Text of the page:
Combining an antibiotic with a medication currently used to treat multiple sclerosis may slow progression of the disease, according to researchers at the Louisiana State Health Sciences Center in Shreveport.
Their study included 15 patients (average age 44.5) with relapsing-remitting MS who’d been taking interferon for at least six months and were experiencing symptoms and developing new brain lesions.
For four months, the patients took 100 milligrams daily of the antibiotic doxycycline in addition to their interferon therapy. During the study, they had monthly neurological examinations, MRI brain scans and blood work.
At the end of the four months, 60 percent of the patients had a more than 25 percent reduction in the number of brain lesions. Patients also had lower disability scores. One patient relapsed. Side effects were mild and included only the known side effects of the two drugs individually, rather than side effects caused by combining the two medications, the researchers said.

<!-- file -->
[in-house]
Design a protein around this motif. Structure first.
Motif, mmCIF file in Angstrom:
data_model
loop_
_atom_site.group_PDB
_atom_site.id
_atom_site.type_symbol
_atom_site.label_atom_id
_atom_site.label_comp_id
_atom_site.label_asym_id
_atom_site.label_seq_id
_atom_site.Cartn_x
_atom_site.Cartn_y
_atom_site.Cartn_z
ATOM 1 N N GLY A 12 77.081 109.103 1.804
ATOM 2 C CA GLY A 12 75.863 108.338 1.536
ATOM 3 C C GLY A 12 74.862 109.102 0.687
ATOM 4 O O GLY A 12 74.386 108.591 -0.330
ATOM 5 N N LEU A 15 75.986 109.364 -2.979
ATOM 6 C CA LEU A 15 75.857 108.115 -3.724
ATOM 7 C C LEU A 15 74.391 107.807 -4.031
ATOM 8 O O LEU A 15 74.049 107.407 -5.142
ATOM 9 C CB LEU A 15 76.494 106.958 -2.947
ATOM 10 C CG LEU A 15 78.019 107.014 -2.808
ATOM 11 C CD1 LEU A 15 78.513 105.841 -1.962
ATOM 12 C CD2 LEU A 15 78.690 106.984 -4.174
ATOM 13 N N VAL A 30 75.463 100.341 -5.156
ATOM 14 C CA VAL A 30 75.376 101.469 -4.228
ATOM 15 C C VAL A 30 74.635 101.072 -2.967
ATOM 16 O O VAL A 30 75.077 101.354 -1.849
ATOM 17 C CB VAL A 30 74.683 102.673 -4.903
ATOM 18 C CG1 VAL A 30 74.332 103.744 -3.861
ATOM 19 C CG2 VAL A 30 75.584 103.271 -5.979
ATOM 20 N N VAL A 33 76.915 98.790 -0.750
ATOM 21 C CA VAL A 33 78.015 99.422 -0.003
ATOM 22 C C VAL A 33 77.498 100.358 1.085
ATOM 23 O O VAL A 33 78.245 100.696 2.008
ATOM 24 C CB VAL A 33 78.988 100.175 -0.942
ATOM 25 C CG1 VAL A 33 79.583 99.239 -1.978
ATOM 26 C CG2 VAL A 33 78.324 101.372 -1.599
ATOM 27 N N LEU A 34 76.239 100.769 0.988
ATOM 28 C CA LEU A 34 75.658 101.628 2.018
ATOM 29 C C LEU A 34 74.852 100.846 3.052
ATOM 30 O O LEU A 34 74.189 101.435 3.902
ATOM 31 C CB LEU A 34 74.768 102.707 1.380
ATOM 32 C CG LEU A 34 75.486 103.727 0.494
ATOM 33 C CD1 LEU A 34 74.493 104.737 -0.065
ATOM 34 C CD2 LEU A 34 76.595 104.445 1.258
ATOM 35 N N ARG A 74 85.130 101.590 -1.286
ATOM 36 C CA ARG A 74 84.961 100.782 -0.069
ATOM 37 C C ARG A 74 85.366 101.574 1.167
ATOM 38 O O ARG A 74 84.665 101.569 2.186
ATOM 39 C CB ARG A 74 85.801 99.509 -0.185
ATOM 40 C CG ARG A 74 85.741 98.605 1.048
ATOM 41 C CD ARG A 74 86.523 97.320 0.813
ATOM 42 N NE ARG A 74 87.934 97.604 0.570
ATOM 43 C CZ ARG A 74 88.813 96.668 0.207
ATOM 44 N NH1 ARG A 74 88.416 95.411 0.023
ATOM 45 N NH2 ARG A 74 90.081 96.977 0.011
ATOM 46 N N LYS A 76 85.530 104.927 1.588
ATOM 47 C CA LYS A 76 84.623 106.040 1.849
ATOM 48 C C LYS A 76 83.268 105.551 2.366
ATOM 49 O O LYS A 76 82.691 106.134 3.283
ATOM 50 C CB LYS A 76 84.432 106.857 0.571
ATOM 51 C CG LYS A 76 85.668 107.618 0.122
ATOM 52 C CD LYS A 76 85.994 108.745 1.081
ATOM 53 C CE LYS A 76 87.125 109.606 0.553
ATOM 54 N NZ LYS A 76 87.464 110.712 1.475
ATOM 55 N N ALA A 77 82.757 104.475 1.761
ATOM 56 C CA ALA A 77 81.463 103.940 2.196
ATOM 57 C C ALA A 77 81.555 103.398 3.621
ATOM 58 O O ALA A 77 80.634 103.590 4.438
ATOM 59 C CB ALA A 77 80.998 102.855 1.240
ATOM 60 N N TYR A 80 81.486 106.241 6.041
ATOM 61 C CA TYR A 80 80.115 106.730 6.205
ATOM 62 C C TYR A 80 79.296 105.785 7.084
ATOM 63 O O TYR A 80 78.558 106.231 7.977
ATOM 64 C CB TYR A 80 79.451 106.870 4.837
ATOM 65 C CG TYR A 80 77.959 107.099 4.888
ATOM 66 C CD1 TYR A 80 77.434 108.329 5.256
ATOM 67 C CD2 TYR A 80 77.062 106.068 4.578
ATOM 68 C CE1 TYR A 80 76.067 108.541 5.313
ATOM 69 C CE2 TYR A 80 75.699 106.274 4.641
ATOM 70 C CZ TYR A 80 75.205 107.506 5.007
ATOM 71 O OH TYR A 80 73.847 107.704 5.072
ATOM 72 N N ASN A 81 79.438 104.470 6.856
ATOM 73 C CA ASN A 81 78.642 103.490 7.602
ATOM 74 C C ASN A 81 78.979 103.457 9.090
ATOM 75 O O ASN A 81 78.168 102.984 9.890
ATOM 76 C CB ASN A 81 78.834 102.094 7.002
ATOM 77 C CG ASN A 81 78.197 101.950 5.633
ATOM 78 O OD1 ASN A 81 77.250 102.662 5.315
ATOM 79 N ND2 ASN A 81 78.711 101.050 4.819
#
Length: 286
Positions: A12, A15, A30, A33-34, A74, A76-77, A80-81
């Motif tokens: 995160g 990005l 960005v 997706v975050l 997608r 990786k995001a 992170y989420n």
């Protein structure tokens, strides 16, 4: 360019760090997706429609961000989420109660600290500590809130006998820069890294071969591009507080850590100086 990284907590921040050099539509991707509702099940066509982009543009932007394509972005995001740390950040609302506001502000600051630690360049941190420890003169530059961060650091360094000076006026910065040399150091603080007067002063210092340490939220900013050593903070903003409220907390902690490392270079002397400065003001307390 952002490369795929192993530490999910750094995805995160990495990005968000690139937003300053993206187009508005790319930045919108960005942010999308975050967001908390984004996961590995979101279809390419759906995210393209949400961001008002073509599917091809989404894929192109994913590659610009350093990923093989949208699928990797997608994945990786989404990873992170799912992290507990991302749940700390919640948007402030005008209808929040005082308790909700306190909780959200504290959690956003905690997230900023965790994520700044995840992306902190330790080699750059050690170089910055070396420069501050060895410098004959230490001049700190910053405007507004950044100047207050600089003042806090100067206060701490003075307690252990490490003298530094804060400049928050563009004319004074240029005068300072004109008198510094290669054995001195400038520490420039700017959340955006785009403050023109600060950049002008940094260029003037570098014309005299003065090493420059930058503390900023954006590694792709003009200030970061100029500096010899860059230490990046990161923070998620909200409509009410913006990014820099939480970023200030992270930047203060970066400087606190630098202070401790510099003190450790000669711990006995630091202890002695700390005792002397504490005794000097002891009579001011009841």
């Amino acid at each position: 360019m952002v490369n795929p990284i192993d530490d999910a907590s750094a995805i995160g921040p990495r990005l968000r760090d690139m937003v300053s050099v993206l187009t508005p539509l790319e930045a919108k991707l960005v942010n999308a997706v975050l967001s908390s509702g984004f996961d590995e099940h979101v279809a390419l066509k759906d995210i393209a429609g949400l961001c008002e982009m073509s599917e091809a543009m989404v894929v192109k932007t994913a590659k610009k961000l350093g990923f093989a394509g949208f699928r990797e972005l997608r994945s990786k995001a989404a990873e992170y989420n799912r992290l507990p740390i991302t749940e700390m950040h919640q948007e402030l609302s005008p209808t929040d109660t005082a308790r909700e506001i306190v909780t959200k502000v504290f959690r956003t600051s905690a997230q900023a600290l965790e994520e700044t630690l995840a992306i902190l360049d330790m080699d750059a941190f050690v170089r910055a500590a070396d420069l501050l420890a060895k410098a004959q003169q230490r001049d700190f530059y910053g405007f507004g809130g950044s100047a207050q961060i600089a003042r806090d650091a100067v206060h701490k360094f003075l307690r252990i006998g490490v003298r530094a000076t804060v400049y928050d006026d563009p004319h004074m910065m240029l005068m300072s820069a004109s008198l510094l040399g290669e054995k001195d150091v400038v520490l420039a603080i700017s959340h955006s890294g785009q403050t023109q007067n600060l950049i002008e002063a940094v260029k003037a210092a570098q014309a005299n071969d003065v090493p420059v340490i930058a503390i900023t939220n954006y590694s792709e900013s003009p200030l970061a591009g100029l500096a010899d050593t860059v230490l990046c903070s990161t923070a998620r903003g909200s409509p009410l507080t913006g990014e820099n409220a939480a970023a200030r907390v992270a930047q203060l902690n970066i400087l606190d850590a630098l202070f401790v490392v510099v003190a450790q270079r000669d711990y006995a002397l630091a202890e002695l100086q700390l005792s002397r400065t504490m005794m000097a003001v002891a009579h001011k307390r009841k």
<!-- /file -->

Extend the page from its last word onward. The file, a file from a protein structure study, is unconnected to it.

The study, funded by Biogen Idec Inc., was posted online Dec. 10 and will be published in the February 2008 print issue of the Archives of Neurology.
“There is a growing interest in combination therapy in patients with MS to stabilize the clinical course, reduce the rate of clinical relapses and decelerate the progressive course of the underlying pathologic mechanism,” the study authors wrote. “Overall, data from this cohort suggest that the treatment combination of oral doxycycline and interferon beta-1a may be safe and effective in some patients with MS; however, further controlled clinical trials are warranted to demonstrate safety and efficacy in a larger patient population.”